Role of the Scrub Nurse in Eye Surgery

Perioperative nurses may be certified in that specialty.

Perioperative nurses may be certified in that specialty.

Perioperative nursing -- the specialty that revolves around the operating room -- could mean dealing with any part of the human body. One of the specialty areas in this nursing field is related to vision. A scrub nurse in the operating room plays a specific and vital role in protecting the patient from infections and potential human error.

Prep Work

Perioperative nursing in eye surgery actually begins prior to the surgery, where the nurse performs a preoperative assessment, provides patient education and emotional support, administers medications and collects relevant data such as allergies or past medical history. The nurse then prepares the operating room for the surgery, first performing a surgical scrub to ensure clean hands, and then putting on a sterile gown, cap and gloves. The next task is to set up the sterile field on which instruments and supplies are placed for the operation; the scrub nurse is often helped with this task by the circulating nurse or scrub tech.

Keeping Things Safe

Just before the surgery starts, the scrub nurse confirms with the surgeon regarding the eye on which the operation is to be performed. Once the patient is on the operating table and under anesthesia, the scrub nurse's primary tasks include handing supplies and instruments to the surgeon while constantly monitoring the sterile field to ensure that nothing becomes contaminated. A contaminated instrument or towel could cause a serious eye infection that might result in decreased vision. The scrub nurse must also anticipate what the surgeon needs in order to ensure the operation goes smoothly and quickly.

Vital Steps

During the surgery, the scrub nurse performs a variety of tasks, including helping to keep the cornea of the eye moistened with sterile saline solution, preparing equipment such as a cautery for the surgeon’s use, adjusting the surgical microscope the physician uses, and ensuring that there is no air in any of the syringes or other tools used to inject medications. One vitally important task is performing a sponge and instrument count to ensure nothing has been left inside the patient’s body. Once the procedure is finished, the scrub nurse might place eye drops in the patient’s eye and put on a dressing.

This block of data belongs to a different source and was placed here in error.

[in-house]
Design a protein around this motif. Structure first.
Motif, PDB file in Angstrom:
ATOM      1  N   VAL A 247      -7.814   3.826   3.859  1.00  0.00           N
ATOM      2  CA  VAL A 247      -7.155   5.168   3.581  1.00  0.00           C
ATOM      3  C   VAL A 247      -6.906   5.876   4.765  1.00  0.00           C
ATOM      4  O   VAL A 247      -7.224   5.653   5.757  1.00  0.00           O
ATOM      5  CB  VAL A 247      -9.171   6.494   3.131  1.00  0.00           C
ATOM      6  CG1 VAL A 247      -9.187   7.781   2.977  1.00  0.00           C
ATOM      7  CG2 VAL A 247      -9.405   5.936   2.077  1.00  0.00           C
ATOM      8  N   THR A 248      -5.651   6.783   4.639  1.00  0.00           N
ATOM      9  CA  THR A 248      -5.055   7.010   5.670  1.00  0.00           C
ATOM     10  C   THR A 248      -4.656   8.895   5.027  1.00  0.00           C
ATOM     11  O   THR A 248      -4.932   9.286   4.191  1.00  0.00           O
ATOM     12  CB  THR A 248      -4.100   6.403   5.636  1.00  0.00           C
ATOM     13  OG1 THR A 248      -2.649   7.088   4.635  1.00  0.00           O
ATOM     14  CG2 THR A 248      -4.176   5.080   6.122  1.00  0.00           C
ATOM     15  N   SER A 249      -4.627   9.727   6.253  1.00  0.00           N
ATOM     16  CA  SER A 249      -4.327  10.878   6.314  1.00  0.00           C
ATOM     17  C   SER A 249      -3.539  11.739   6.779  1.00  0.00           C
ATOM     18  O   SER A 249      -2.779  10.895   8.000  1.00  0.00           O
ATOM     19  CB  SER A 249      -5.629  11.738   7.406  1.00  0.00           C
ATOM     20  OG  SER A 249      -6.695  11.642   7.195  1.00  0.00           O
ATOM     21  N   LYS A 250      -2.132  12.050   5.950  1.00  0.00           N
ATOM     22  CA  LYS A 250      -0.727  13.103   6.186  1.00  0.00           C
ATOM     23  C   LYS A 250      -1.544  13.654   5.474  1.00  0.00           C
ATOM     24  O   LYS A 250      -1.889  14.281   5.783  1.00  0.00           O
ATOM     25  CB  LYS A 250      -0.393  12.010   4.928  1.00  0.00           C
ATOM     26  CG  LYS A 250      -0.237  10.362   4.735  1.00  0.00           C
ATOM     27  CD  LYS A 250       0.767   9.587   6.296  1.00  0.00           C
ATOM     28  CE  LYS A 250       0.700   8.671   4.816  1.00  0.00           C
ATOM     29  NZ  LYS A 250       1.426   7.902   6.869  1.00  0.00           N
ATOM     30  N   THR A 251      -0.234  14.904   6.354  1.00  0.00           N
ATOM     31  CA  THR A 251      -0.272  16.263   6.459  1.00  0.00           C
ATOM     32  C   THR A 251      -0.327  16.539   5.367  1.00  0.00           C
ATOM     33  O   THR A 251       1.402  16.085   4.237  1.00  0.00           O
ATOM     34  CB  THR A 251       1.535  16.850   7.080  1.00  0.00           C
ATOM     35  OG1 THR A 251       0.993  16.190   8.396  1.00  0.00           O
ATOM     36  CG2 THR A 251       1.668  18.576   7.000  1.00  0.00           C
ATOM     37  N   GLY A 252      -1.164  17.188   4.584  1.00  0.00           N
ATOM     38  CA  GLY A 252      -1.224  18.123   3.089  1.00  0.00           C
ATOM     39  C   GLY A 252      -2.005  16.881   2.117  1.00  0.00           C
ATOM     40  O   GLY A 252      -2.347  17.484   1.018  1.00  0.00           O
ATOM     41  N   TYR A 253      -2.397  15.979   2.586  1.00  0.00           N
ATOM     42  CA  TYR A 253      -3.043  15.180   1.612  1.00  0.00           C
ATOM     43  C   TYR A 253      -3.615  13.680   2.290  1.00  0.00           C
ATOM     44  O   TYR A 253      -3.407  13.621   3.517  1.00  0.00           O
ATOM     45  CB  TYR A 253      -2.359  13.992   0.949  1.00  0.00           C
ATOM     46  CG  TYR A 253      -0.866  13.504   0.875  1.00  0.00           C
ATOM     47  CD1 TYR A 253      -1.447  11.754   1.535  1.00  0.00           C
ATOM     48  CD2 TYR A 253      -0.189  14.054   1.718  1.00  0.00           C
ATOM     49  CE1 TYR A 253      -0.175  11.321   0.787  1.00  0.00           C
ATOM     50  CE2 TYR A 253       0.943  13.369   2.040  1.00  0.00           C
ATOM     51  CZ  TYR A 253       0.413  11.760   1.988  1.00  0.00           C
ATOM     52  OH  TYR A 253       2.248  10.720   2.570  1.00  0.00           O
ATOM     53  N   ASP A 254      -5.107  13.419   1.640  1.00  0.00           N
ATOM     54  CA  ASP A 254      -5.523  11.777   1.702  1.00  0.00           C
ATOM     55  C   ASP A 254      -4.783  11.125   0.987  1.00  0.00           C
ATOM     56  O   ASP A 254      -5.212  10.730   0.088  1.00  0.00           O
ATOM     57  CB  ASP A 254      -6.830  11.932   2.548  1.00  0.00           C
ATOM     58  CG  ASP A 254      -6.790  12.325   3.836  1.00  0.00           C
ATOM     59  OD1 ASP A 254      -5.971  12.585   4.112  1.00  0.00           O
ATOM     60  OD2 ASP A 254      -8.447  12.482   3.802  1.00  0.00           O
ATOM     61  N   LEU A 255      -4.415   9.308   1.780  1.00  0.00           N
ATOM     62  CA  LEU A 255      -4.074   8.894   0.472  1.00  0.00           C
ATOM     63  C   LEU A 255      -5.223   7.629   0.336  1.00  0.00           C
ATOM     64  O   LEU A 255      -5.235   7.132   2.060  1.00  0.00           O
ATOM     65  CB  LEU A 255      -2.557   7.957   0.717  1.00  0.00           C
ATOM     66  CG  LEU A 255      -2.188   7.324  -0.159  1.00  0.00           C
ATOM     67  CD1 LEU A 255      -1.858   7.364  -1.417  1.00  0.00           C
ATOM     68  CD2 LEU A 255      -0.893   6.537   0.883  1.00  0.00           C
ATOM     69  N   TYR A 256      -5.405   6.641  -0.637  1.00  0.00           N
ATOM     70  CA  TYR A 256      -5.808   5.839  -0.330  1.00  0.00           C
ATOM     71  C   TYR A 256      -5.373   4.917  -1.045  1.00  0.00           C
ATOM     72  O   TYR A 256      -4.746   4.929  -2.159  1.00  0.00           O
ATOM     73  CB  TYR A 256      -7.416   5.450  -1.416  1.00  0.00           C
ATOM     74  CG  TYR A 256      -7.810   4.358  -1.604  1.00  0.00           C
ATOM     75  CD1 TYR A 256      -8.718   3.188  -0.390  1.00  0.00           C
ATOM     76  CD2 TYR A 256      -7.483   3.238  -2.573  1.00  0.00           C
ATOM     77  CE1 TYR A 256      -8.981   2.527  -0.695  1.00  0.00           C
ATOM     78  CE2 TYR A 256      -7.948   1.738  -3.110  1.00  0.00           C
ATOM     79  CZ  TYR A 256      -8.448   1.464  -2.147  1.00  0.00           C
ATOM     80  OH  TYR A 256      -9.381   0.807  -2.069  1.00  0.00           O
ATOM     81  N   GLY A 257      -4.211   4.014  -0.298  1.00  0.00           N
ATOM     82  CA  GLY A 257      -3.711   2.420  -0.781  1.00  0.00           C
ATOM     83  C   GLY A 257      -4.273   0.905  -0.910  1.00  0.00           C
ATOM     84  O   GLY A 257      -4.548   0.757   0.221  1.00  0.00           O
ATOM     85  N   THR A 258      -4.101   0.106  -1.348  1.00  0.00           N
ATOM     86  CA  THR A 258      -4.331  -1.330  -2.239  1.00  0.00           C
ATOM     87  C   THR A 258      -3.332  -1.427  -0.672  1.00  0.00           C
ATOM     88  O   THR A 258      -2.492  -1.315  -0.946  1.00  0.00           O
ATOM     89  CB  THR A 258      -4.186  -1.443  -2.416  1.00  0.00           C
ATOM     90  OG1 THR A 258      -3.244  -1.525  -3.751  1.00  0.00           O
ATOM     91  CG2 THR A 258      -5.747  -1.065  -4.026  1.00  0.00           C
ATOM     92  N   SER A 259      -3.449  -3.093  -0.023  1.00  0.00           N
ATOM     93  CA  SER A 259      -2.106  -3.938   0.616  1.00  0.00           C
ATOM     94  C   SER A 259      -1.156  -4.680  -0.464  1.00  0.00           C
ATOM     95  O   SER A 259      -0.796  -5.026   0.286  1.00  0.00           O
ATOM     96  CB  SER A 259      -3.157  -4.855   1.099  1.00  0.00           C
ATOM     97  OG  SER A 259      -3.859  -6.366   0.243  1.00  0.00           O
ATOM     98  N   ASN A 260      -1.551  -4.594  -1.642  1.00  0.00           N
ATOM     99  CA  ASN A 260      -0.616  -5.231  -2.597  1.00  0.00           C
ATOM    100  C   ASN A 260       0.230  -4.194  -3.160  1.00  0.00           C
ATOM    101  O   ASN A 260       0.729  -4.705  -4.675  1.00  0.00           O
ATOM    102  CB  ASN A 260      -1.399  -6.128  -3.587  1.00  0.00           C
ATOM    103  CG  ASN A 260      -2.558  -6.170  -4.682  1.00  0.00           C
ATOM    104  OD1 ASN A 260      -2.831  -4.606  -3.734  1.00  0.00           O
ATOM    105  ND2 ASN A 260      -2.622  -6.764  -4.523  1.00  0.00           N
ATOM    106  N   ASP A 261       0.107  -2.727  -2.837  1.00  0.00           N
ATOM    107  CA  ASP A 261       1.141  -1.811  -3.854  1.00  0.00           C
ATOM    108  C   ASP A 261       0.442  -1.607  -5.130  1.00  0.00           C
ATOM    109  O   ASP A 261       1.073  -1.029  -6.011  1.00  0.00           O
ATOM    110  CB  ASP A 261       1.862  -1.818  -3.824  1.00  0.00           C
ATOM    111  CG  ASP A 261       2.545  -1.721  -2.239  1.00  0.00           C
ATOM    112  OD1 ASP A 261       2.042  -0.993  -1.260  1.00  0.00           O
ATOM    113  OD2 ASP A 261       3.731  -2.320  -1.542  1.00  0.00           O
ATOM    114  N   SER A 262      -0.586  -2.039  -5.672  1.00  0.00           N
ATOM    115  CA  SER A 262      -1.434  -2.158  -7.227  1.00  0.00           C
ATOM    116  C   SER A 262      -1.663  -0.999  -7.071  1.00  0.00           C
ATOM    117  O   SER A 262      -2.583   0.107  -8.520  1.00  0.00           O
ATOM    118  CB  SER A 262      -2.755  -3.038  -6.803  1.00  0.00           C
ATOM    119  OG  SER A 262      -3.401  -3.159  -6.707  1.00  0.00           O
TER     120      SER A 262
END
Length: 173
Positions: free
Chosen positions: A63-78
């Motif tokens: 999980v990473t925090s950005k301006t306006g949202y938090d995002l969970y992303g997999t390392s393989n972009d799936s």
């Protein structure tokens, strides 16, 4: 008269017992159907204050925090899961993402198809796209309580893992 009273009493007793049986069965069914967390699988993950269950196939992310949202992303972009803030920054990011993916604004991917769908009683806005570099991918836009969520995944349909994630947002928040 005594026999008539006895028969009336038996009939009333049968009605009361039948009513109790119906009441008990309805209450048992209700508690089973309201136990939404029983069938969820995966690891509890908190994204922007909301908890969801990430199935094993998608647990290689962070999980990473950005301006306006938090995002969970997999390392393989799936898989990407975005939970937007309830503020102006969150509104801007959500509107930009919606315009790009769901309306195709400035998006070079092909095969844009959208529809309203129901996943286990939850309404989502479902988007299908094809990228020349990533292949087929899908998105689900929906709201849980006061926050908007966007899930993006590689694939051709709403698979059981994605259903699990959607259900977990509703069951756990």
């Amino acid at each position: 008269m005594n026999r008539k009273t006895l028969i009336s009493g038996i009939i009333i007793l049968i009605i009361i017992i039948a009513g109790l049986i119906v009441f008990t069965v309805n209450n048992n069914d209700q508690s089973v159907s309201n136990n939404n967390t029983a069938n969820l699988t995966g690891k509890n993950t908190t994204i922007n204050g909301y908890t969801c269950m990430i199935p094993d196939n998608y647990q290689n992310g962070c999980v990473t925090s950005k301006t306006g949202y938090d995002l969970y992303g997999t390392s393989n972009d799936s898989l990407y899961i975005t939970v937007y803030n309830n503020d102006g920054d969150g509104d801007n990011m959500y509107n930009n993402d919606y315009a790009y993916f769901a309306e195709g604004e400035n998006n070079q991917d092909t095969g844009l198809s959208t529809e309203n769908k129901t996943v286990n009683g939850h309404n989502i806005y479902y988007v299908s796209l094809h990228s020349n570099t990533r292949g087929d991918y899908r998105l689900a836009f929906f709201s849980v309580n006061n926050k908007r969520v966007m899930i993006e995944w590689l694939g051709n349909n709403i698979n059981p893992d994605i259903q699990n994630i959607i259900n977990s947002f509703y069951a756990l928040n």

Clean Up and Paperwork

After the operation, the scrub nurse accompanies the patient into the post-anesthesia unit and reports to the recovery nurse. Then it's clean-up time -- back to the operating room to collect supplies and instruments, and to clean and test equipment prior to putting it away. All protective clothing, such as the sterile gown, cap and gloves, must be removed and discarded or placed in a laundry hamper. The scrub nurse may also have some paperwork to complete, such as any necessary documentation related to the operation.

 

About the Author

Beth Greenwood is an RN and has been a writer since 2010. She specializes in medical and health topics, as well as career articles about health care professions. Greenwood holds an Associate of Science in nursing from Shasta College.

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